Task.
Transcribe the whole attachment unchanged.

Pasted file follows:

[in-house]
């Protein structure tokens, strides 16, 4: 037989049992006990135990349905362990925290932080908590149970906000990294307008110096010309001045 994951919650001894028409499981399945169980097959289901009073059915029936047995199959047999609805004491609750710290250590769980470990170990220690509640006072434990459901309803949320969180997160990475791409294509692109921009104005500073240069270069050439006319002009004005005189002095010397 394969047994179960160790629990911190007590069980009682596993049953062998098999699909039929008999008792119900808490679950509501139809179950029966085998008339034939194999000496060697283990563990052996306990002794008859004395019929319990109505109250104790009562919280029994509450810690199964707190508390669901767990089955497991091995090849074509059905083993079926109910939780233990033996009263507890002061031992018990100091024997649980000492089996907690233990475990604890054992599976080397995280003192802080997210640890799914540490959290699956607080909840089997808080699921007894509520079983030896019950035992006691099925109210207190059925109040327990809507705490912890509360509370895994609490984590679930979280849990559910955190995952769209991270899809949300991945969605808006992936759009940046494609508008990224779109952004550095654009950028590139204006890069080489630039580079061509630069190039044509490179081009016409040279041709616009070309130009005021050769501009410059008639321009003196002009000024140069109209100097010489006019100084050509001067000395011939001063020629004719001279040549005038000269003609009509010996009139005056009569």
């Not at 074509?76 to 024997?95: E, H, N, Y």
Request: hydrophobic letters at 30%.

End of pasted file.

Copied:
[in-house]
């Protein structure tokens, strides 16, 4: 037989049992006990135990349905362990925290932080908590149970906000990294307008110096010309001045 994951919650001894028409499981399945169980097959289901009073059915029936047995199959047999609805004491609750710290250590769980470990170990220690509640006072434990459901309803949320969180997160990475791409294509692109921009104005500073240069270069050439006319002009004005005189002095010397 394969047994179960160790629990911190007590069980009682596993049953062998098999699909039929008999008792119900808490679950509501139809179950029966085998008339034939194999000496060697283990563990052996306990002794008859004395019929319990109505109250104790009562919280029994509450810690199964707190508390669901767990089955497991091995090849074509059905083993079926109910939780233990033996009263507890002061031992018990100091024997649980000492089996907690233990475990604890054992599976080397995280003192802080997210640890799914540490959290699956607080909840089997808080699921007894509520079983030896019950035992006691099925109210207190059925109040327990809507705490912890509360509370895994609490984590679930979280849990559910955190995952769209991270899809949300991945969605808006992936759009940046494609508008990224779109952004550095654009950028590139204006890069080489630039580079061509630069190039044509490179081009016409040279041709616009070309130009005021050769501009410059008639321009003196002009000024140069109209100097010489006019100084050509001067000395011939001063020629004719001279040549005038000269003609009509010996009139005056009569």
């Not at 074509?76 to 024997?95: E, H, N, Y």
Request: hydrophobic letters at 30%.